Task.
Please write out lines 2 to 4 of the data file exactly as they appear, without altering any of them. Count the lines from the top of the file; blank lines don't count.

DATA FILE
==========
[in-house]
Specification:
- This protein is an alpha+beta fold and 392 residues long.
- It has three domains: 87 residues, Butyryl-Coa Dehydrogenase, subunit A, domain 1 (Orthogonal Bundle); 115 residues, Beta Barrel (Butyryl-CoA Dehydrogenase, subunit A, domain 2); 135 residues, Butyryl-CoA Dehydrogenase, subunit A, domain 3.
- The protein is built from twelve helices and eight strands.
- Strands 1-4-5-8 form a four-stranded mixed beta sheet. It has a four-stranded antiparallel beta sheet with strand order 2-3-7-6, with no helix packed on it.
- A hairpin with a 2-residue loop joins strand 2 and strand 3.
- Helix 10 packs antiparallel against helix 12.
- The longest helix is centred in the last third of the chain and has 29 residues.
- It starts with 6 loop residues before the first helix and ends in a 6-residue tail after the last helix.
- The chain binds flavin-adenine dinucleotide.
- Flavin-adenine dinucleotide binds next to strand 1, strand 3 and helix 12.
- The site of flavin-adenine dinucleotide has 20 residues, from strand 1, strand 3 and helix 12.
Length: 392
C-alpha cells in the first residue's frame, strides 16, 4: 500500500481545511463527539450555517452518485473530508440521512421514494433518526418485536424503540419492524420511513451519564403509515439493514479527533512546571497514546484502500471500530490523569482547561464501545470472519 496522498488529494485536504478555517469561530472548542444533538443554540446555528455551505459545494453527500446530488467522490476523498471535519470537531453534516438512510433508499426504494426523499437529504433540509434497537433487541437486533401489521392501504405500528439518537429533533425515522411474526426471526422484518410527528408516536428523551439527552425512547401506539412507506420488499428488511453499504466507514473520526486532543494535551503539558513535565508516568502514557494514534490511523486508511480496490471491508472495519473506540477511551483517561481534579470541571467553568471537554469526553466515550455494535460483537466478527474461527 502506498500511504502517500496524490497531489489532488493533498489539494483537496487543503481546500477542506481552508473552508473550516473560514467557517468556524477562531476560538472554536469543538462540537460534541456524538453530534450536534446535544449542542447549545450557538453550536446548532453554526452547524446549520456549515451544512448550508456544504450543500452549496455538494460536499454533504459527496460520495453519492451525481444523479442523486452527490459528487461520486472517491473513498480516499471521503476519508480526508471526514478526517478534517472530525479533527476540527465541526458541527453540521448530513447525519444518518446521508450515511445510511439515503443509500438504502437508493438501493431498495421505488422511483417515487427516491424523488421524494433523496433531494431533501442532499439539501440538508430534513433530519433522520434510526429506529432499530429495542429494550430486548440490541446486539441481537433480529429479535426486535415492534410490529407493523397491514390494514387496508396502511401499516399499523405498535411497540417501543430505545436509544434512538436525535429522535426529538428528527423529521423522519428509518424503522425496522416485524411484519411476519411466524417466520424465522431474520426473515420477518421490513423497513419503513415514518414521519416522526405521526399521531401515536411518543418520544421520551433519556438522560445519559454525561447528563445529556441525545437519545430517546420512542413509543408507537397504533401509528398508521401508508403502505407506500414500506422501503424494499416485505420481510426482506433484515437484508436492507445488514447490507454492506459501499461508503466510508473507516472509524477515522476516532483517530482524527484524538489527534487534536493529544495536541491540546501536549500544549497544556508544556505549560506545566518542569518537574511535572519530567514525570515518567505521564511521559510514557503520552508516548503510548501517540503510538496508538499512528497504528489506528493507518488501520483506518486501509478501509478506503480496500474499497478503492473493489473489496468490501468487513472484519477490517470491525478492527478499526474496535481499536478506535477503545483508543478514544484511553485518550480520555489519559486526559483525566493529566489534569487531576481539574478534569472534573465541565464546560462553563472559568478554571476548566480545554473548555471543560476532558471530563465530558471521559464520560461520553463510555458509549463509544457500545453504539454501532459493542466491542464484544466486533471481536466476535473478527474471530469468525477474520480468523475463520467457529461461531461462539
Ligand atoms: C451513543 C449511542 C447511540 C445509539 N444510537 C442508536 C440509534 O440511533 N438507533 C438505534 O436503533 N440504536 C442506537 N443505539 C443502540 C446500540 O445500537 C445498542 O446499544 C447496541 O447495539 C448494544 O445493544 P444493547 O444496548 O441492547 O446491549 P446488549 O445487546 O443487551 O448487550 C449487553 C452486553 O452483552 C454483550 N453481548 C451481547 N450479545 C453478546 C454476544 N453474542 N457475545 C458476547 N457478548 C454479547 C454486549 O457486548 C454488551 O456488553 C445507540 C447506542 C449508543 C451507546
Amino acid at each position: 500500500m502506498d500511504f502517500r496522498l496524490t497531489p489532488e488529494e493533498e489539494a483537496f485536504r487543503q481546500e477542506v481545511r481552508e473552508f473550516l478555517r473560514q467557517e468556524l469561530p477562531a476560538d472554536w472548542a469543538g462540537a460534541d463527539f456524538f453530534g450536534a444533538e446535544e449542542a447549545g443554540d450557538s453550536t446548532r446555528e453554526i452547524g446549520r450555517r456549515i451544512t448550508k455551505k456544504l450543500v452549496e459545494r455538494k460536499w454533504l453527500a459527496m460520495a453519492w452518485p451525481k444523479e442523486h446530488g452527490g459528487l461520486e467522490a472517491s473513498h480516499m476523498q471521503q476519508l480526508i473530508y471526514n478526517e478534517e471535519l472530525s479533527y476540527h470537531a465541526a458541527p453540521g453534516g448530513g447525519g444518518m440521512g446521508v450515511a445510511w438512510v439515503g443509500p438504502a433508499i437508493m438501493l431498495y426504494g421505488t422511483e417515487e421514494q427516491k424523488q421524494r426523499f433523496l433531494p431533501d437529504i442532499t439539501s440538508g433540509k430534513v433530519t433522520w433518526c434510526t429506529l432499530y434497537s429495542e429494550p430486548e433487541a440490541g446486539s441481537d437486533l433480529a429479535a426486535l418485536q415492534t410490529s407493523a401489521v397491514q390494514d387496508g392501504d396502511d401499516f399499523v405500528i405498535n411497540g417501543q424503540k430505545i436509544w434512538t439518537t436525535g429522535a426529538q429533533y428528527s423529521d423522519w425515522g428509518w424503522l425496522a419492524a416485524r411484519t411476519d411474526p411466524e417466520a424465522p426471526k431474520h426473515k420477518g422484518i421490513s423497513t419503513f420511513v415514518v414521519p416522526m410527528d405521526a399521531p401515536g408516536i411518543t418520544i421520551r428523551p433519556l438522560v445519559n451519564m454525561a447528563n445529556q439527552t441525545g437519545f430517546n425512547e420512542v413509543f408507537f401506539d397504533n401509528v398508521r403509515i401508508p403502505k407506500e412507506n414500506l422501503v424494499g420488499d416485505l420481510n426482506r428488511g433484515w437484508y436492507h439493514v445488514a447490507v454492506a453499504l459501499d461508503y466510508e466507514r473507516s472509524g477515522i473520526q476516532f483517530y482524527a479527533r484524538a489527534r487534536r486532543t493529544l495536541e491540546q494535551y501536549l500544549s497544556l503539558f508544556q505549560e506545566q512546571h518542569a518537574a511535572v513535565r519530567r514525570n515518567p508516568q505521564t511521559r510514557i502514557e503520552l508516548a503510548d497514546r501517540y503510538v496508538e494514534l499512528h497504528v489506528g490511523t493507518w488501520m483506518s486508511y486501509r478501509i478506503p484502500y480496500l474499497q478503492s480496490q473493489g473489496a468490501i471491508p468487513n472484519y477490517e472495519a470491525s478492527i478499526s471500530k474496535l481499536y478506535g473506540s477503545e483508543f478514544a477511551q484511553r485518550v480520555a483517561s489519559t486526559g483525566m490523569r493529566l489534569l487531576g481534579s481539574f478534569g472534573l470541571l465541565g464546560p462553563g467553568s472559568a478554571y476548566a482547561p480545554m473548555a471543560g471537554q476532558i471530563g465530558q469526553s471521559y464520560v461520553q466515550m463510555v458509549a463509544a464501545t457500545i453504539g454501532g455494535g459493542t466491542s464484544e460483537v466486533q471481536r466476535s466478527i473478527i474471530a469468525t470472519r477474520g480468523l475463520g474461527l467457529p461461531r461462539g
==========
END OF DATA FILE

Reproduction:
Specification:
- This protein is an alpha+beta fold and 392 residues long.
- It has three domains: 87 residues, Butyryl-Coa Dehydrogenase, subunit A, domain 1 (Orthogonal Bundle); 115 residues, Beta Barrel (Butyryl-CoA Dehydrogenase, subunit A, domain 2); 135 residues, Butyryl-CoA Dehydrogenase, subunit A, domain 3.